The Industrious Greeks Mystery
In the course of the Greek crisis, animosities between creditor countries like Germany and Greece didn’t take long to surface. They were fired up in the tabloid press, which was quick to revive various stereotypes. In Greece, Germans soon found themselves compared to their Nazi predecessors, while German tabloids inter alia complained sotto voce about those allegedly “lazy Southerners”.
The stereotype of “lazy Greeks”
Venezuela: Real Wages Collapse amid Continuing Crack-Up Boom
While the crack-up boom in Venezuela continues, real wages in the country have have utterly collapsed. The bolivar is still trading close to 700 to the US dollar on the black market, and the Caracas stock index keeps making new all time highs in nominal terms almost every day. Ironically, Venezuela’s currency is called the “bolivar fuerte” (VEF), i.e. “the strong bolivar” ever since it has been “reverse split” 1 for 1,000 in January 2008.
Image via designlimbo.com
Greek Stocks Reopen with a Thud
The Greek stock market very likely represents an emerging opportunity, as many stocks are sporting extremely low valuations these days. However, when we last discussed the Greek market, we pointed out that there was probably no hurry and more importantly, that using ETFs to play the Greek market would pose a difficulty at the current juncture.
Greek ruins – emblematic for the country’s situation.
Photo credit: fondos7.net
We spent much of January on the beach at Rancho Santana in Nicaragua. The longer we stayed, the more we liked it. It was warm and dry on the Pacific coast… but we woke up to the sound of rain on the roof this morning.
“Lake Arenal has a different climate,” our overseas real estate scout, Ronan McMahon, explained. Ronan is a young Irishman with long dark hair, a sunny disposition and a thick County Cork accent. He also advises members of our family wealth advisory, Bonner & Partners Family Office, on where to find the best real estate deals.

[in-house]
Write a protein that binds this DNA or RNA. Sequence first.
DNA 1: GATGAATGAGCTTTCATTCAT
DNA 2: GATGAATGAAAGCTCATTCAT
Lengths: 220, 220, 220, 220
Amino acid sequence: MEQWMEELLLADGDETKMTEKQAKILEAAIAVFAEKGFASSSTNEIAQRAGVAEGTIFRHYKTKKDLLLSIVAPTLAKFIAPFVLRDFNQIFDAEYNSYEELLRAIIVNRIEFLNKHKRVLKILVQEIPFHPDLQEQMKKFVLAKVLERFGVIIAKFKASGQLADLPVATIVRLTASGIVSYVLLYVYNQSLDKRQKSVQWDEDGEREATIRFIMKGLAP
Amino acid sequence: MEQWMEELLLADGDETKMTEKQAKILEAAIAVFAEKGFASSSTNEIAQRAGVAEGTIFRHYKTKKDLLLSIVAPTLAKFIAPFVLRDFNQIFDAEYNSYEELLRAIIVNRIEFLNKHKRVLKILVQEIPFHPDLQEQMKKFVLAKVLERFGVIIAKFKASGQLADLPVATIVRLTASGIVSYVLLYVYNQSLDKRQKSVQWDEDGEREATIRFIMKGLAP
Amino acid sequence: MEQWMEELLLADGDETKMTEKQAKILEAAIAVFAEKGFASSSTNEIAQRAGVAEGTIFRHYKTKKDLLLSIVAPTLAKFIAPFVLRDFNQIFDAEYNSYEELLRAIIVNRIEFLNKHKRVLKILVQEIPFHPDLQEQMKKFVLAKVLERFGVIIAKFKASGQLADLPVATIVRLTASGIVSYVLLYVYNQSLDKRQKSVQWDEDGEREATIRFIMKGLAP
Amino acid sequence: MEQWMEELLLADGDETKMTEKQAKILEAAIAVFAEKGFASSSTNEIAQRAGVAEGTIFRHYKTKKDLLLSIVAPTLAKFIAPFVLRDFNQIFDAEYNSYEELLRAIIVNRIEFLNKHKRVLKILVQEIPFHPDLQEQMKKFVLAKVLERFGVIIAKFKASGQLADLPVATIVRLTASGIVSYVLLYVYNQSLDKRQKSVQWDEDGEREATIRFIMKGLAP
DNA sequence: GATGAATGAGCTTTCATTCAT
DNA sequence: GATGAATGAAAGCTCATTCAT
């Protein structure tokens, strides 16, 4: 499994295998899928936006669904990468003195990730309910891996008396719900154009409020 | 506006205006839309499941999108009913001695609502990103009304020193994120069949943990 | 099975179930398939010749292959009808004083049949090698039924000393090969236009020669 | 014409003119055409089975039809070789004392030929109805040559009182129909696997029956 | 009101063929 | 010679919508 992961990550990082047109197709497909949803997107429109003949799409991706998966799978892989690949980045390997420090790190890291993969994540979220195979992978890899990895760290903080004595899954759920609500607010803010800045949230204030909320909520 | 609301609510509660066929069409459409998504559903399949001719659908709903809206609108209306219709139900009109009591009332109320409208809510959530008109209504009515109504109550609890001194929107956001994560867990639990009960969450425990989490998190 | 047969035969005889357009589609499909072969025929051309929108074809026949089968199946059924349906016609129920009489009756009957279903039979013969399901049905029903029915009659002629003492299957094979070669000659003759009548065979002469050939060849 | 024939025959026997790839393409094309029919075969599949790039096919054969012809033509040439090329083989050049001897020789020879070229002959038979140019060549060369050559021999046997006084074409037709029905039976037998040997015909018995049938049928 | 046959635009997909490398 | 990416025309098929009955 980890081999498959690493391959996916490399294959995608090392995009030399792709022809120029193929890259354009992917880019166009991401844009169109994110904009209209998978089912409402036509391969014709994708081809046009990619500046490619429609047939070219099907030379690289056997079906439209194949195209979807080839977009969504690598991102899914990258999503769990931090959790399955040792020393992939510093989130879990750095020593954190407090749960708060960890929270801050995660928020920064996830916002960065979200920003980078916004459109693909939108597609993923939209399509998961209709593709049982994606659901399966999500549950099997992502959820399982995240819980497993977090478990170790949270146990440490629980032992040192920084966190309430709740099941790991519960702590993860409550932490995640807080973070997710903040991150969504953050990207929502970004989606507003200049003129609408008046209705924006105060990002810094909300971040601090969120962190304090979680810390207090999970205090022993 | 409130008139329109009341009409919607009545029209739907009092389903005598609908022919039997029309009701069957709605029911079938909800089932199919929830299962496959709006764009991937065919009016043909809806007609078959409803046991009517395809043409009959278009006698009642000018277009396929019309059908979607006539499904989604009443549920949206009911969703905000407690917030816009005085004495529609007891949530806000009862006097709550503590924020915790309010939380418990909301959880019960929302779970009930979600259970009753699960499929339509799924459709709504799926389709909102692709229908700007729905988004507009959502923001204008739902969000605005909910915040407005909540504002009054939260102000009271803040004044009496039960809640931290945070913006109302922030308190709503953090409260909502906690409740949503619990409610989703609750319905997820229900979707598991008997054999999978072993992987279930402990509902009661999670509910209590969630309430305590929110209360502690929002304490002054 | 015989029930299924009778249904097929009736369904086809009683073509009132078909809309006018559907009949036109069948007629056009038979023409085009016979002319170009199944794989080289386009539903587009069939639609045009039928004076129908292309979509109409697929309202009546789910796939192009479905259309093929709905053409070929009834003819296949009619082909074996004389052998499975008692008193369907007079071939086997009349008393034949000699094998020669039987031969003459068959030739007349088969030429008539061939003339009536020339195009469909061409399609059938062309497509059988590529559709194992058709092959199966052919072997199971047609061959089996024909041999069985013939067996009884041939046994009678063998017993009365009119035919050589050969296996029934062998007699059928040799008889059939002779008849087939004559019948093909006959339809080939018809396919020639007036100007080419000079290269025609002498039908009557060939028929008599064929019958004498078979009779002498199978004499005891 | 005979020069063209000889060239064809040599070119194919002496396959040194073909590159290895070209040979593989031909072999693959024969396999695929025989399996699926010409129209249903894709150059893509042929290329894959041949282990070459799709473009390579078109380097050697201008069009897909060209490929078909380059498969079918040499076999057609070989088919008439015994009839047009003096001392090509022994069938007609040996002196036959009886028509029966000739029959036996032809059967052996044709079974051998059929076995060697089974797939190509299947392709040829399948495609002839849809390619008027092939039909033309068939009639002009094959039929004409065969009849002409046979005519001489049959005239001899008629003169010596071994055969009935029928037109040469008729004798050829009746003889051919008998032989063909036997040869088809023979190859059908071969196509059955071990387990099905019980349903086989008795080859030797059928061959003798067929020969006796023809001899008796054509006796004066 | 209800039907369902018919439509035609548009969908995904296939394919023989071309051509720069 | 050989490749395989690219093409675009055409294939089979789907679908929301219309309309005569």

The Arenal volcano near Lake Arenal in Costa Rica, an artificial lake at the bottom of which the two old towns of Arenal and Tonadora lie abandoned. The lake is surrounded by a rainforest that is home to an estimated 2,000 plant species, 300 bird species and 120 different mammals, including jaguars and tapirs.
Photo via vacationscostarica.com
Why Stock Markets Are Not an Indicator of the Economy
In a free unhampered market economy based on a sound monetary system – this is to say a market-chosen monetary system with a free banking industry and no central planning institution that is manipulating interest rates and determining the size of the money supply – the gains and losses of shares prices in the stock market will simply be a reflection of entrepreneurial profits achieved in the past, plus embedded expectations of profits likely to be achieved in the future.
Nicolas Maduro, the hapless president of socialist Venezuela, here seen hung with all sorts of bling supposed to testify to his achievements.
Photo credit: Prensa Presidencial
Damp Weather in England, Crashing Markets in China
London, England – Over the weekend… it rained!
As we predicted, the Greeks voted against their creditors’ conditions for further aid. When you ask a debtor if he’d prefer not to pay, what else would you expect?
And imagine what would happen if he had never gotten the money in the first place. When government elites borrow, the money rarely gets to the voters. Small wonder they don’t want to pay the bills.